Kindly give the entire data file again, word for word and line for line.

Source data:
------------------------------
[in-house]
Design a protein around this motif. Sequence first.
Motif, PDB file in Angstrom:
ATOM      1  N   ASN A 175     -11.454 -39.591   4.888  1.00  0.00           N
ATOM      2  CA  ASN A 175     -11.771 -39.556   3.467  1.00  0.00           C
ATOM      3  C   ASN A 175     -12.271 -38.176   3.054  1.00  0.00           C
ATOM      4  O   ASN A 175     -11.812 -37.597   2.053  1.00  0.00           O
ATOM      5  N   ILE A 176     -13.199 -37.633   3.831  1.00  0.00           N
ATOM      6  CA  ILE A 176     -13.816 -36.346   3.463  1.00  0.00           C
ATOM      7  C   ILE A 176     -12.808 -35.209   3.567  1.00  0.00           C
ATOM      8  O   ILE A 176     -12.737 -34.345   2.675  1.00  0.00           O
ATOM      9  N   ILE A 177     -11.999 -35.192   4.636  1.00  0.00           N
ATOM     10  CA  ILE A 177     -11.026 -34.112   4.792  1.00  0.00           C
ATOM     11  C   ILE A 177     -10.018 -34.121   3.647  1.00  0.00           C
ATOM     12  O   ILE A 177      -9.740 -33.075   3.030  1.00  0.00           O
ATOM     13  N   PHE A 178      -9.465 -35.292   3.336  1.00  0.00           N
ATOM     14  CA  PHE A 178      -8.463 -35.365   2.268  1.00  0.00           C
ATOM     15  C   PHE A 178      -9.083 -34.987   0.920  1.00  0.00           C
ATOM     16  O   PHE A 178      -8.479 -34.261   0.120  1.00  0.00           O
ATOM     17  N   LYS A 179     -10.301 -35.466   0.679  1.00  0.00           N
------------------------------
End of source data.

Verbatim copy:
[in-house]
Design a protein around this motif. Sequence first.
Motif, PDB file in Angstrom:
ATOM      1  N   ASN A 175     -11.454 -39.591   4.888  1.00  0.00           N
ATOM      2  CA  ASN A 175     -11.771 -39.556   3.467  1.00  0.00           C
ATOM      3  C   ASN A 175     -12.271 -38.176   3.054  1.00  0.00           C
ATOM      4  O   ASN A 175     -11.812 -37.597   2.053  1.00  0.00           O
ATOM      5  N   ILE A 176     -13.199 -37.633   3.831  1.00  0.00           N
ATOM      6  CA  ILE A 176     -13.816 -36.346   3.463  1.00  0.00           C
ATOM      7  C   ILE A 176     -12.808 -35.209   3.567  1.00  0.00           C
ATOM      8  O   ILE A 176     -12.737 -34.345   2.675  1.00  0.00           O
ATOM      9  N   ILE A 177     -11.999 -35.192   4.636  1.00  0.00           N
ATOM     10  CA  ILE A 177     -11.026 -34.112   4.792  1.00  0.00           C
ATOM     11  C   ILE A 177     -10.018 -34.121   3.647  1.00  0.00           C
ATOM     12  O   ILE A 177      -9.740 -33.075   3.030  1.00  0.00           O
ATOM     13  N   PHE A 178      -9.465 -35.292   3.336  1.00  0.00           N
ATOM     14  CA  PHE A 178      -8.463 -35.365   2.268  1.00  0.00           C
ATOM     15  C   PHE A 178      -9.083 -34.987   0.920  1.00  0.00           C
ATOM     16  O   PHE A 178      -8.479 -34.261   0.120  1.00  0.00           O
ATOM     17  N   LYS A 179     -10.301 -35.466   0.679  1.00  0.00           N